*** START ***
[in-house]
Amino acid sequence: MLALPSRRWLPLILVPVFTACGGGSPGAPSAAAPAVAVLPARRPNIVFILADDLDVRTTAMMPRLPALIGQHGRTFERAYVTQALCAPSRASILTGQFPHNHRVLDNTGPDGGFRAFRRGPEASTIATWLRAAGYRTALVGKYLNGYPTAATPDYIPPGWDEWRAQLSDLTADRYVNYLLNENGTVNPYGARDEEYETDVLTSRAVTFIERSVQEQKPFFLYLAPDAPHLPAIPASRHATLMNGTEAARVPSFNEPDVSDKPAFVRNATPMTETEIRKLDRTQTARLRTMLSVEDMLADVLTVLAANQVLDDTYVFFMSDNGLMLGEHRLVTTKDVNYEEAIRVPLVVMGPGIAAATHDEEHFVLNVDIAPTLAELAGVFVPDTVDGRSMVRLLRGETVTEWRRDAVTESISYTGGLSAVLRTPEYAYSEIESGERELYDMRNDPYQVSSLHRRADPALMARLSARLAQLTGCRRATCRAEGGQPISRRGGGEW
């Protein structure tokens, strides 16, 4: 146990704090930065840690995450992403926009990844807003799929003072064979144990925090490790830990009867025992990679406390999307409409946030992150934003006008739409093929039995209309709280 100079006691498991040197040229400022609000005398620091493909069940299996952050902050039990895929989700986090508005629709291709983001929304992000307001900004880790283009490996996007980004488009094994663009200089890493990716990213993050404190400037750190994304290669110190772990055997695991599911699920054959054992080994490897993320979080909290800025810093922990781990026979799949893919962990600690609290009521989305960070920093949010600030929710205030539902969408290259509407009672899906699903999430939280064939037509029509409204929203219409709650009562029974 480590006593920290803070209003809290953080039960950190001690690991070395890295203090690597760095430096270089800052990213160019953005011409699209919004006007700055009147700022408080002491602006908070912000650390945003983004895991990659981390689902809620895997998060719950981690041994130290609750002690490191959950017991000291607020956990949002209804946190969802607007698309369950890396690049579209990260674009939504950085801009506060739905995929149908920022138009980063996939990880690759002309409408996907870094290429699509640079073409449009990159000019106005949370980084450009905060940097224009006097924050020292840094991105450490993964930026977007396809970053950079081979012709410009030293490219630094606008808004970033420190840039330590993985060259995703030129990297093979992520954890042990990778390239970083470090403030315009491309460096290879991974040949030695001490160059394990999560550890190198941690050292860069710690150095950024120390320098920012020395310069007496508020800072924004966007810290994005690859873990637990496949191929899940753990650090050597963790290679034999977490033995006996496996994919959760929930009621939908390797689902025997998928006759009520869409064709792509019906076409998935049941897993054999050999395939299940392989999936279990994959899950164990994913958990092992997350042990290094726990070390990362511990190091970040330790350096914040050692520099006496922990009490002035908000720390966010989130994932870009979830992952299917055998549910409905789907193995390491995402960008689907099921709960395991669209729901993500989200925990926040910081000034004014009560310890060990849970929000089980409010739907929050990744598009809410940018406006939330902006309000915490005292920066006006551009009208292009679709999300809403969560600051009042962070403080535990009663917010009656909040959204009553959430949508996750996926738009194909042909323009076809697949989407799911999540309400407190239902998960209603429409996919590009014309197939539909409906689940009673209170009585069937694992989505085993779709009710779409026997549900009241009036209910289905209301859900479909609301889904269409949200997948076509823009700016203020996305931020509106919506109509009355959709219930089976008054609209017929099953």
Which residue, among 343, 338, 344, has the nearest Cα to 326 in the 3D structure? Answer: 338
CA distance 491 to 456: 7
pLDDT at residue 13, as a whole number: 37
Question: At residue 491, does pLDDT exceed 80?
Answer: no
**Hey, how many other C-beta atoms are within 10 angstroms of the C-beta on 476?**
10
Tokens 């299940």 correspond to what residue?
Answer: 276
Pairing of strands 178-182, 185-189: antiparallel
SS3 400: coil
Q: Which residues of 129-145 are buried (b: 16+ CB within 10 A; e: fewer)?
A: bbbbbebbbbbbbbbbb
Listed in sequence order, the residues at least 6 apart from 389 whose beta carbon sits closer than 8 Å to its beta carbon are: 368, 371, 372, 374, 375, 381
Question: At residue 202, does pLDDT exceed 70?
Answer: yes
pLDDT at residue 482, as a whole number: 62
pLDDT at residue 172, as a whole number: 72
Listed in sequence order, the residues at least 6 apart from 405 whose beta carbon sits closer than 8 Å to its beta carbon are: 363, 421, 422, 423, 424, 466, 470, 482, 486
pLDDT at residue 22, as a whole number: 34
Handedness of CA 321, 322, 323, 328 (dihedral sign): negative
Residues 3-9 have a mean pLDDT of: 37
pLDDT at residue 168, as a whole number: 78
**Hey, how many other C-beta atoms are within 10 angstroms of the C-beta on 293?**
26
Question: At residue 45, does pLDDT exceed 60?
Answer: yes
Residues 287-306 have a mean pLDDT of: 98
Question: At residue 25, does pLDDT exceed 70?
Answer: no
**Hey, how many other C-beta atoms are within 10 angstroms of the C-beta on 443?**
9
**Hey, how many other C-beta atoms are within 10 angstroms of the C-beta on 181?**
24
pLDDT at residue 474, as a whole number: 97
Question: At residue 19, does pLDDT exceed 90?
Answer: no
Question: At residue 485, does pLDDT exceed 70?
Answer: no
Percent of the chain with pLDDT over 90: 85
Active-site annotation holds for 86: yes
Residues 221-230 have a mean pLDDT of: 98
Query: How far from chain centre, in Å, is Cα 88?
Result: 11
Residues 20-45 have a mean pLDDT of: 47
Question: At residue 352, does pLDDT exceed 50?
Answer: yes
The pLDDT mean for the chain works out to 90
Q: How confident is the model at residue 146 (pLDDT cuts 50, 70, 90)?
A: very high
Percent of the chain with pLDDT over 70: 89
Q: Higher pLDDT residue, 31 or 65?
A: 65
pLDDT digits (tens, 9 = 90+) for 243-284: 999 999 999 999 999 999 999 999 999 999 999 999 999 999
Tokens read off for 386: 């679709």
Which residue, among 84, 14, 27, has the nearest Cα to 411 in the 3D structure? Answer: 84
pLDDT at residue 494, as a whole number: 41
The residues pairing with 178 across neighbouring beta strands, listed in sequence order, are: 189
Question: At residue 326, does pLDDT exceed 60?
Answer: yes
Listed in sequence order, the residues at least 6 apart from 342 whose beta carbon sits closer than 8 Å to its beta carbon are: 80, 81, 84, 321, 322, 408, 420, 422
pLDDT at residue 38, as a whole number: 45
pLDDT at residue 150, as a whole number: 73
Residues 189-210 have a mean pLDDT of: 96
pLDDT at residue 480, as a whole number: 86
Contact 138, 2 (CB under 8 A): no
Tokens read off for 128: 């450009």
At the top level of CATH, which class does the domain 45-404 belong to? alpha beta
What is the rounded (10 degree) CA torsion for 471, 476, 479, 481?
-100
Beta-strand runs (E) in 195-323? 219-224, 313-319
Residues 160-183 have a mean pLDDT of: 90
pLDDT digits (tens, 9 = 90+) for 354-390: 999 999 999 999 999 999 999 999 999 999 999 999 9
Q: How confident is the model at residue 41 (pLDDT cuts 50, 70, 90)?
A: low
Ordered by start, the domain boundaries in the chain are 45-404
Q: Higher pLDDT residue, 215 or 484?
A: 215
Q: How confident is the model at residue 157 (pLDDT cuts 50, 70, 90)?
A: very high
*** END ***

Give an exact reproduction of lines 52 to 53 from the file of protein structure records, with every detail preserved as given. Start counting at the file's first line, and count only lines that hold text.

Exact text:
Q: How confident is the model at residue 146 (pLDDT cuts 50, 70, 90)?
A: very high